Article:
Street Talk: Inventors swim with the sharks
Inventors’ networks in Grand Rapids and Muskegon are going off the deep end — sort of.
The Muskegon Inventors Network and Grand Rapids Inventors Network will be conducting “Shark Tank”-type competitions in the coming weeks with the winner of each earning up to $2,500 in ITEX Trade Exchange dollars to support their new business ideas.
Along with the trade dollars, the winners will advance to the final “Spin, Pitch & Sell” competition at the Michigan Inventors Coalition Annual Expo in September at Michigan State University.
Spin, Pitch & Sell is a competition where inventors, entrepreneurs and business people present their ideas to expert panelists in exchange for their feedback and advice.
“This year, we’re running two local versions of Spin, Pitch & Sell prior to the statewide annual event and increasing the stakes with trade dollars and networking opportunities invaluable to entrepreneurs,” said Joe Finkler, president of Michigan Inventors Coalition.
ITEX Trade Exchange is sponsoring the two local events and will award the winners “virtual currency” to spend on products or services that entrepreneurs might need to get their business rolling, such as advertising, printing, signage, phone systems, credit card processing, attorney services, tradeshow displays or website creation.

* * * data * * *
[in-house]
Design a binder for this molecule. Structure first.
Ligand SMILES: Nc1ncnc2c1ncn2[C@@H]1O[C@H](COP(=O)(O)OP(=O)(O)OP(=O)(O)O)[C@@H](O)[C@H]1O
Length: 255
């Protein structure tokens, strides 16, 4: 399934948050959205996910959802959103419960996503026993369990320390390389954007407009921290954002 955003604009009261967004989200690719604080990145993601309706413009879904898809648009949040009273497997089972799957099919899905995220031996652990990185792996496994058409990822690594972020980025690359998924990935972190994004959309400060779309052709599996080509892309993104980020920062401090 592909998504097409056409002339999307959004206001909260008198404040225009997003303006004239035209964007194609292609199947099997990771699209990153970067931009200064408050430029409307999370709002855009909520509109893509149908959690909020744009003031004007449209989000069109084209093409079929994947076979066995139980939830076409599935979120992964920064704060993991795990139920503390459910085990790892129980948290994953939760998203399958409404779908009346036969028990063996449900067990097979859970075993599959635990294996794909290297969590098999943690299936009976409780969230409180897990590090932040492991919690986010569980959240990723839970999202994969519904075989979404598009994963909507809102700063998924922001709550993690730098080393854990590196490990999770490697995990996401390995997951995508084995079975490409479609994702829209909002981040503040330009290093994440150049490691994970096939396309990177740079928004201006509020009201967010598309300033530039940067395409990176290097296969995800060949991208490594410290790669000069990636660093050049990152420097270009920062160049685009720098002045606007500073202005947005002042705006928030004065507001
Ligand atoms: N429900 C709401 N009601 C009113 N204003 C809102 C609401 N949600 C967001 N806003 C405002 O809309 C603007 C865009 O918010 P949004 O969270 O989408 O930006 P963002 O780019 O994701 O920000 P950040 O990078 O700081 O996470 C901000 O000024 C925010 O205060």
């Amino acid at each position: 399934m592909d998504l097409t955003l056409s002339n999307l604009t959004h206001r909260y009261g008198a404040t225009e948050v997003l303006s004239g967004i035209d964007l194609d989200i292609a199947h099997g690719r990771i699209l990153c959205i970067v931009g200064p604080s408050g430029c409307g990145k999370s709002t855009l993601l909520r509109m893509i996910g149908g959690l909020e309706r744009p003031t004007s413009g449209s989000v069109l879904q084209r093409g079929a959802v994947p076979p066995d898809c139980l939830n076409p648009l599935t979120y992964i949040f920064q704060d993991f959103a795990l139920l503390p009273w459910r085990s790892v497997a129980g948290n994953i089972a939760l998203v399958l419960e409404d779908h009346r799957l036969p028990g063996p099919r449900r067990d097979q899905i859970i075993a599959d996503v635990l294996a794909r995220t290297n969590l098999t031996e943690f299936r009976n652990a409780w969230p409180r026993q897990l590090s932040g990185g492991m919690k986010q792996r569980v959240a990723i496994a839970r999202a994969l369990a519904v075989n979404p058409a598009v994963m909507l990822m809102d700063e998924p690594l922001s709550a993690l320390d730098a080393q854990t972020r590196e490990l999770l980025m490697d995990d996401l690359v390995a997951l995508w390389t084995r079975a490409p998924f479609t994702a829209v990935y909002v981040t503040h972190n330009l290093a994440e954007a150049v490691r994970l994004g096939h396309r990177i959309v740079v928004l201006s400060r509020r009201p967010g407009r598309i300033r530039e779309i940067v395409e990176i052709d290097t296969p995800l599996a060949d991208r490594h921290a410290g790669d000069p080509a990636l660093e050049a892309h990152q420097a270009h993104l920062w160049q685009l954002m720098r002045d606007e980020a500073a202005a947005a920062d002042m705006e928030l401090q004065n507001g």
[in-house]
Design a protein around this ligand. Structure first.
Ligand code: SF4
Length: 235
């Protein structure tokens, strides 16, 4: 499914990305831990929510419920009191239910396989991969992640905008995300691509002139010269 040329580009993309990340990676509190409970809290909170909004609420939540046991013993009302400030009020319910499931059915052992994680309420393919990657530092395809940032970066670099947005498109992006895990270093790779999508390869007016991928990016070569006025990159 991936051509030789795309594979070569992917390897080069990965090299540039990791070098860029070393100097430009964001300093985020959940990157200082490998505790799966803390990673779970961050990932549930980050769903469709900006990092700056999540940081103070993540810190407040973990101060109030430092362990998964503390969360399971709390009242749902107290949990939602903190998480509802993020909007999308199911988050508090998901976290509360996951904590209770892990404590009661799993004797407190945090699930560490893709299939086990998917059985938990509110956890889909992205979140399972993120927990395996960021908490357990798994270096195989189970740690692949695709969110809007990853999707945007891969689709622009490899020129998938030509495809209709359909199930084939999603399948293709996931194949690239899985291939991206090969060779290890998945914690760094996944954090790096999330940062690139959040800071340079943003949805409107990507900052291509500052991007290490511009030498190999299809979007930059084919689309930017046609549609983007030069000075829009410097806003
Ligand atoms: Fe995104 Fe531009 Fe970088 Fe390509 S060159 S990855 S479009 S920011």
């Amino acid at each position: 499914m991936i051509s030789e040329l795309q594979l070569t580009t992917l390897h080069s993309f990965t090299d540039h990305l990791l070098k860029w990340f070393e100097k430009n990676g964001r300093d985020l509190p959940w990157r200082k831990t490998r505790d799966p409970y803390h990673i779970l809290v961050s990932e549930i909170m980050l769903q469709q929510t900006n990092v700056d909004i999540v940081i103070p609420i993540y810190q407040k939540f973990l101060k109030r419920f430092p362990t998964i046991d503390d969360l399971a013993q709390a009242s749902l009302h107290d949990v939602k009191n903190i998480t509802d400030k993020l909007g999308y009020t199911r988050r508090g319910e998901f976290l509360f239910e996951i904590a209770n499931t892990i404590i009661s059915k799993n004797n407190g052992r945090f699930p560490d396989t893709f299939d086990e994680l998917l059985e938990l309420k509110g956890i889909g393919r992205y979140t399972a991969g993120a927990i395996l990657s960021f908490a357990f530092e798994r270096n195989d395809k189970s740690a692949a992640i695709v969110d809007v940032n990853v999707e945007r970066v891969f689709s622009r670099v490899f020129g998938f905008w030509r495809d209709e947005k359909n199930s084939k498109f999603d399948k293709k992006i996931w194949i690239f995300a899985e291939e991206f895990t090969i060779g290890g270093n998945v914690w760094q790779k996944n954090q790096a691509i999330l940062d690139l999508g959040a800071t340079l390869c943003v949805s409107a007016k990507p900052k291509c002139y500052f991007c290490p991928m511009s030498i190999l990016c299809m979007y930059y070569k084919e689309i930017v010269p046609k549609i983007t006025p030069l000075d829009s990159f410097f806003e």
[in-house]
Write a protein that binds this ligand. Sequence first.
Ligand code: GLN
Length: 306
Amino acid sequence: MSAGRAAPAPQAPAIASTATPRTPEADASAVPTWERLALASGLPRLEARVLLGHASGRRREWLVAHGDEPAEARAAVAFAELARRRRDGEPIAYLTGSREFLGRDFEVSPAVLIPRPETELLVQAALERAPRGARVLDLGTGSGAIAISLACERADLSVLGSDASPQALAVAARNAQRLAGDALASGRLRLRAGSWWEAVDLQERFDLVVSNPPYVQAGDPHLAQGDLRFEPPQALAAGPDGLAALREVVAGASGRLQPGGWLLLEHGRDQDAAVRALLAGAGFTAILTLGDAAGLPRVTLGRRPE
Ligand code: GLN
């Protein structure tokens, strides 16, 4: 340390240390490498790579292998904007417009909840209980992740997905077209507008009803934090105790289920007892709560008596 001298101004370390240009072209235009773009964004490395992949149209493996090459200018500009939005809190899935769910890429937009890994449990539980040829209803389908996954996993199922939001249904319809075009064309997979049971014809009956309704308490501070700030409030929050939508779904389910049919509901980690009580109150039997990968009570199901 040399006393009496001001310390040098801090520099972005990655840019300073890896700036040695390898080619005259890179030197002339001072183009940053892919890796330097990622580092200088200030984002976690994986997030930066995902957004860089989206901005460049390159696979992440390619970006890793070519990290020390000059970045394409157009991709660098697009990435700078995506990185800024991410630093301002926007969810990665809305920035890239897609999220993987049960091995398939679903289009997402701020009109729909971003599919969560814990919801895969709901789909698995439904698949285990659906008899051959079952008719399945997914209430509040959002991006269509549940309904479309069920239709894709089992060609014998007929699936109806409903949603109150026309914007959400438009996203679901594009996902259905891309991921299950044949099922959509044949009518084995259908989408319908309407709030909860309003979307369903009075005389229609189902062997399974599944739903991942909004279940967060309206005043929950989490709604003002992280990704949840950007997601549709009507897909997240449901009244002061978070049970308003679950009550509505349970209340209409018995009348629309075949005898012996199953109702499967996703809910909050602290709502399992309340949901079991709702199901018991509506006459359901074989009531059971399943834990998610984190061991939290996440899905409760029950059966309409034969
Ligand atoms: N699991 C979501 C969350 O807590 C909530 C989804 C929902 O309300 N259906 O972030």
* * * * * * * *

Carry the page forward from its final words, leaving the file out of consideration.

“If the judges feel that the presenter’s idea, plan or service is sellable within the ITEX marketplace and that the inventor can be helped by using ITEX dollars, the person could be awarded a free ITEX membership, plus ITEX dollars and an ITEX line-of-credit,” said Dave Turner, owner of the West Michigan Barter Co.
“(It) provides a great way to buy needed business start-up services without cash and can bring immediate customers to the inventor.”
While many of the applicants will come from the individual inventor networks, the competitions are open to the public. Five to 10 finalists will be chosen from each chapter to compete.
Applications are available at michiganinventorscoalition.org.
Art of the deal
What happens when the director of the foremost international disability arts organization has a conversation with a local visionary?
Only the largest Disability Arts Festival to ever be produced in the United States.
That’s what happened when Ruth Gould, the leader of DaDaFest in Liverpool, England, and Chris Smit, a professor at Calvin College and Kendall College of Art and Design (and a board member with Disability Advocates of Kent County) were chatting a couple of years ago about DaDaFest’s signature event — DaDaFest International, a biennial celebration of disability art.
Smit said he simply asked if the event ever considered making the leap “across the pond,” and when Gould responded the idea had been kicked around “once or twice,” he put in a good word for Grand Rapids. With help from international curator Amanda Cachia, a deal was struck.
So after countless hours of planning and preparation —not to mention packing and shipping more than 80 percent of DaDaFest's Art of the Lived Experiment exhibition across the Atlantic — the inaugural DisArt Festival is ready to begin its 15-day run here April 10.
Smit said the DisArt Festival will bring the community together in downtown Grand Rapids (and Wealthy Theatre and Celebration North) to celebrate and share the creativity and expression of people with disabilities — a festival that focuses on “art” and “people” and “ability.”